Definitions

from The American Heritage® Dictionary of the English Language, 4th Edition

  • transitive v. To spread here and there; scatter: strewing flowers down the aisle.
  • transitive v. To cover (an area or a surface) with things scattered or sprinkled: "Italy . . . was strewn thick with the remains of Roman buildings” ( Bernard Berenson).
  • transitive v. To be or become dispersed over (a surface).
  • transitive v. To spread (something) over a wide area; disseminate.

from Wiktionary, Creative Commons Attribution/Share-Alike License

  • v. To distribute objects or pieces of something over an area, especially in a random manner.
  • v. To cover, or lie upon, by having been scattered.
  • v. To spread abroad; to disseminate.

from the GNU version of the Collaborative International Dictionary of English

  • transitive v. To scatter; to spread by scattering; to cast or to throw loosely apart; -- used of solids, separated or separable into parts or particles
  • transitive v. To cover more or less thickly by scattering something over or upon; to cover, or lie upon, by having been scattered
  • transitive v. To spread abroad; to disseminate.

from The Century Dictionary and Cyclopedia

  • To scatter; spread loosely: said of dry, loose, separable filings: as, to strew seed in beds; to strew sand on the floor; to strew flowers over a grave.
  • To cover in spots and patches here and there, as if by sprinkling or casting loosely about.
  • To spread a broad; give currency to.

from WordNet 3.0 Copyright 2006 by Princeton University. All rights reserved.

  • v. spread by scattering (
  • v. cover; be dispersed over

Etymologies

Middle English strewen, from Old English strēowian; see ster-2 in Indo-European roots.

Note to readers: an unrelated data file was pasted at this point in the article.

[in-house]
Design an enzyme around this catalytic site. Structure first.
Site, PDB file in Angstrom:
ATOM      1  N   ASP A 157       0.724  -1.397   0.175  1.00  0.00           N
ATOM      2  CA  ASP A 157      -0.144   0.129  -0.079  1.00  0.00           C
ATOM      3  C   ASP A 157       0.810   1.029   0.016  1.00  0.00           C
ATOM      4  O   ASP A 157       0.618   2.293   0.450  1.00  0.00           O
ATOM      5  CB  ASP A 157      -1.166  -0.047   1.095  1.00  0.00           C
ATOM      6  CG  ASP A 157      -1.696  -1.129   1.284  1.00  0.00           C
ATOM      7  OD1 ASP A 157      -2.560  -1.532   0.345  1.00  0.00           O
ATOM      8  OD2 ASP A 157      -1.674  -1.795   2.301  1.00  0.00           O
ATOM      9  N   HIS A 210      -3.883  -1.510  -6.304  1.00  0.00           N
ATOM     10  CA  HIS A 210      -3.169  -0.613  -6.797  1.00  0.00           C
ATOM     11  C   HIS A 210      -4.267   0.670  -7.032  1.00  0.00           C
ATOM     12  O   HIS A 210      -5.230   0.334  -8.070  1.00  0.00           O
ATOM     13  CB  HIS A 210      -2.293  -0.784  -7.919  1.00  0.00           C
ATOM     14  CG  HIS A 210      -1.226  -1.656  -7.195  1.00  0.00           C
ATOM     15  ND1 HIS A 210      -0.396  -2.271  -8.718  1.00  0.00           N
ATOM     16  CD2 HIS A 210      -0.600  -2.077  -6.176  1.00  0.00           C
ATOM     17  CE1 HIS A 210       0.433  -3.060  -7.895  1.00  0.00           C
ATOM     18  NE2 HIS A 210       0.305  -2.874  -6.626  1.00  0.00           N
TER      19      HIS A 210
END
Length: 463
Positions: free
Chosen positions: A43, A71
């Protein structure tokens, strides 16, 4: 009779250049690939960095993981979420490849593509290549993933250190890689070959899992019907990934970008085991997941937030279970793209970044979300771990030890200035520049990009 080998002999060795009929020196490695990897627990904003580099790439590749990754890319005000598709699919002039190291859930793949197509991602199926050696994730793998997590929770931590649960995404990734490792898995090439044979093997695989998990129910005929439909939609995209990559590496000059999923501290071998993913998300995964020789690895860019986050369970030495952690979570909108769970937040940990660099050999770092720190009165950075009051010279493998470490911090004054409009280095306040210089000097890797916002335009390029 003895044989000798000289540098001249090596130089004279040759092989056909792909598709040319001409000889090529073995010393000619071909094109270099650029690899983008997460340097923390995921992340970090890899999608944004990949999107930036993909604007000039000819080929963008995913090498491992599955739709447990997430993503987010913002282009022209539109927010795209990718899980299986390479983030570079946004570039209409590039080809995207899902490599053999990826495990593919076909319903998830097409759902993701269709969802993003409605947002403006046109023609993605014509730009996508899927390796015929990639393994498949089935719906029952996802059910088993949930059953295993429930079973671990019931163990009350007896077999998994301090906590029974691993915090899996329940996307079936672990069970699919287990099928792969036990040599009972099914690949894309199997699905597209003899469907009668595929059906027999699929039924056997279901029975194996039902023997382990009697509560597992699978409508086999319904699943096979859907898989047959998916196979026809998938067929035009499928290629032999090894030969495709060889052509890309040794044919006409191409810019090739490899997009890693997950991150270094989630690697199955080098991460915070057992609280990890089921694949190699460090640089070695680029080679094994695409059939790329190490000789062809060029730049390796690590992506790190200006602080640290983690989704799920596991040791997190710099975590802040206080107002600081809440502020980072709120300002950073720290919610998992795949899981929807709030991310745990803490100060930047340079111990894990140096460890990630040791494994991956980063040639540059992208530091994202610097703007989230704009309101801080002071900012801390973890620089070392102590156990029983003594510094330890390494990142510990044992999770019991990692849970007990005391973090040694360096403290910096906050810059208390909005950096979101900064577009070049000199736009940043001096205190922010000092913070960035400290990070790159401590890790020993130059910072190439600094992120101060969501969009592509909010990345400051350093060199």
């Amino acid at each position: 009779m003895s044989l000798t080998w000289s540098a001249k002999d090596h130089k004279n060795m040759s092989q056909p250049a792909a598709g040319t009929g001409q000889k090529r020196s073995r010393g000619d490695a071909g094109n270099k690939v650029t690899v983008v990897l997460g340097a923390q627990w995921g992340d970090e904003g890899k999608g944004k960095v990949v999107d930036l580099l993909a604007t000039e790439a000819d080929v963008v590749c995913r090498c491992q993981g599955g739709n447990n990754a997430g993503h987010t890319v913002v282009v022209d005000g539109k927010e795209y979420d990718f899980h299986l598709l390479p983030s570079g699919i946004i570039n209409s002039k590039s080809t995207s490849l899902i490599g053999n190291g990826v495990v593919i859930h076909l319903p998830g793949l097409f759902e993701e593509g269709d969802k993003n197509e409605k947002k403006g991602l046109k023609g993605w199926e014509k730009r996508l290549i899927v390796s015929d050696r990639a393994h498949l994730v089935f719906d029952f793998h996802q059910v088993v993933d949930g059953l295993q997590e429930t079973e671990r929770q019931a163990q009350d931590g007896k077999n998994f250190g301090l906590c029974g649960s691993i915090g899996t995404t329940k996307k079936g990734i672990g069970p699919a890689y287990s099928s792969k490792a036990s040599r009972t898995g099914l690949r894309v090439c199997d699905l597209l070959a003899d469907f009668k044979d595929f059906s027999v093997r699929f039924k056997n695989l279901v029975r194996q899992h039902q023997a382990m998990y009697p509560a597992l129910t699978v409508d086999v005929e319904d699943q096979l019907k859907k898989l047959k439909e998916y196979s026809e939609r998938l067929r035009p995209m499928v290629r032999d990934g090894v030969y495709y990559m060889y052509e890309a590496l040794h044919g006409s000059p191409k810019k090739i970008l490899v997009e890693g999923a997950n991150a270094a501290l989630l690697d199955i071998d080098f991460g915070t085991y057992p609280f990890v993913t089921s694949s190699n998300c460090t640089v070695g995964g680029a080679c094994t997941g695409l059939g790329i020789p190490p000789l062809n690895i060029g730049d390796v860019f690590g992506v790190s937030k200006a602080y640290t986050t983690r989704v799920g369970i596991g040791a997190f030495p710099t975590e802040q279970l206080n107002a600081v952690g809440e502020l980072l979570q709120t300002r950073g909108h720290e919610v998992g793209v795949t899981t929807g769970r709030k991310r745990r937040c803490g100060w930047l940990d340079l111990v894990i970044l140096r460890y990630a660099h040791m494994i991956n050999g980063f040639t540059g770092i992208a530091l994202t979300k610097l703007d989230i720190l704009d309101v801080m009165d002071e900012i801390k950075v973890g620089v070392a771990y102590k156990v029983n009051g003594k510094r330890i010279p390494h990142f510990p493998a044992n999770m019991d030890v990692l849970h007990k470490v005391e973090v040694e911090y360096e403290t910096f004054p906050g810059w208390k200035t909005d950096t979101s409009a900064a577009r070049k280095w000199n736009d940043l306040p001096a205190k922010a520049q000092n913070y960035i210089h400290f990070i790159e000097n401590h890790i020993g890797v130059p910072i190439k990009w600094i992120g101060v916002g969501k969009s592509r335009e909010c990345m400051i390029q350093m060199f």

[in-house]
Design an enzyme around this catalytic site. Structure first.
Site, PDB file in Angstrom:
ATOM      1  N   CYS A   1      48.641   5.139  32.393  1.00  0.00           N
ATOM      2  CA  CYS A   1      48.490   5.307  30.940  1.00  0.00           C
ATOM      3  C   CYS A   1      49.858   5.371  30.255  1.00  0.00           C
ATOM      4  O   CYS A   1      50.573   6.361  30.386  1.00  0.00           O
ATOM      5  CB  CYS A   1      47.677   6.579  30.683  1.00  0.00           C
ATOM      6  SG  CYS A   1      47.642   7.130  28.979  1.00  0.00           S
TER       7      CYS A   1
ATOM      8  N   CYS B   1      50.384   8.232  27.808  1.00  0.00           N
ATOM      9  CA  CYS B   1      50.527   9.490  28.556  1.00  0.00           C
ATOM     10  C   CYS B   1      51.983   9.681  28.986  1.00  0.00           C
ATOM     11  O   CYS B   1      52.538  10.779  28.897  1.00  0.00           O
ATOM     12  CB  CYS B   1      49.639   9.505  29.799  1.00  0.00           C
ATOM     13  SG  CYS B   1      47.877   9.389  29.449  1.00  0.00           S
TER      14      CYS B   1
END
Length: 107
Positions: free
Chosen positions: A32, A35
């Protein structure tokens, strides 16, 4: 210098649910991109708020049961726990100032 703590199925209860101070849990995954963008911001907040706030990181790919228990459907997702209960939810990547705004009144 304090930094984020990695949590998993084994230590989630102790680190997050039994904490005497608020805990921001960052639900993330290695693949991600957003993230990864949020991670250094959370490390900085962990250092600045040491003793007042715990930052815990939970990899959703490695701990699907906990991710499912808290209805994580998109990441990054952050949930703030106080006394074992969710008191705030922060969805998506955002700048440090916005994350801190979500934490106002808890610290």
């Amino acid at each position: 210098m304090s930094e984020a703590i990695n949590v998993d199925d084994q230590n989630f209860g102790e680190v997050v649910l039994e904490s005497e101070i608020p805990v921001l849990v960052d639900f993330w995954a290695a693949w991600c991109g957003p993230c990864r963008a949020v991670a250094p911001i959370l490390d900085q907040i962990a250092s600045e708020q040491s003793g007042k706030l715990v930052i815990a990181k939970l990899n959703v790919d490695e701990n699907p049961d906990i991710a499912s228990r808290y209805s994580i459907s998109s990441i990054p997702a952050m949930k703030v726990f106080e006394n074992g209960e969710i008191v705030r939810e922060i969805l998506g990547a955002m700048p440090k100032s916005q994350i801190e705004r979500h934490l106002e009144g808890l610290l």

(American Heritage® Dictionary of the English Language, Fourth Edition)
Old English strewian. (Wiktionary)

Examples

  • The word strew means to scatter -- as men scatter seed in sowing it.

    Barnes New Testament Notes

  • Their language is free from bad rhetoric; the reasoning is cogent, but there is an absence of emotion and imagination; they contain few quotable things, and no passages of commanding eloquence, such as strew the orations of Webster and Burke.

    Brief History of English and American Literature

  • The most persuasive explanation is that the word comes from the Anglo-Saxon 'strew' meaning 'spread', a reference to the plant's ability to reproduce by sending out runners and layering, but there are many other tales in circulation including the idea that the berries used to be sold on straws in the manner of a fruity kebab.

    Life and style | guardian.co.uk

  • With wild wood-leaves and weeds I ha 'strew'd his grave,

    Cymbeline

  • 2722: With wild wood-leaues & weeds, I ha 'strew'd his graue

    Cymbeline (1623 First Folio Edition)

  • We saw a pink quartz arrowhead and a scraper on one strew of fire-cracked rock.

    Bird Cloud

  • During the visit, as always, the site was spotless—no piles of rebar, no heaps of wood scraps, no mounds of dirt, no strew of nails and screws.

    Bird Cloud

  • In my experience, the portion of this that most needs a wish of good luck is getting the kids (and possibly husband) to not strew everything around the house out of the groupings – so good luck!

    Spring Cleaning « Bored Mommy

  • Carefully lift the bird and strew the remaining herbs over the vegetables.

    Hugh Fearnley-Whittingstall's climate-friendly recipes

  • Members relished a soliloquy of Launce to his shoes, who spin his relatives as they bewail his depart for unfamiliar shoresin sharp contrariety to his dog Crab, who callously refuses to strew a tear (2.3).

    Archive 2009-11-01

Comments

Log in or sign up to get involved in the conversation. It's quick and easy.

  • I suppose the simple past is strewed and p.p. strewn. I'm sure I've misused this in my time. I tend to favour irregular constructions.

    October 10, 2011

  • The legions of Armenia supported their fame in arms; but they were oppressed by the irresistible weight of the hostile multitude: the left wing of the Romans was thrown into disorder and the field was strewed with their mangled carcasses.

    - Gibbon, Decline and Fall, XXVI. iii.

    July 1, 2009

  • "it strewed the whole of the north-western coast of Europe with wrecks" - Leigh Hunt; Autobiography

    December 21, 2008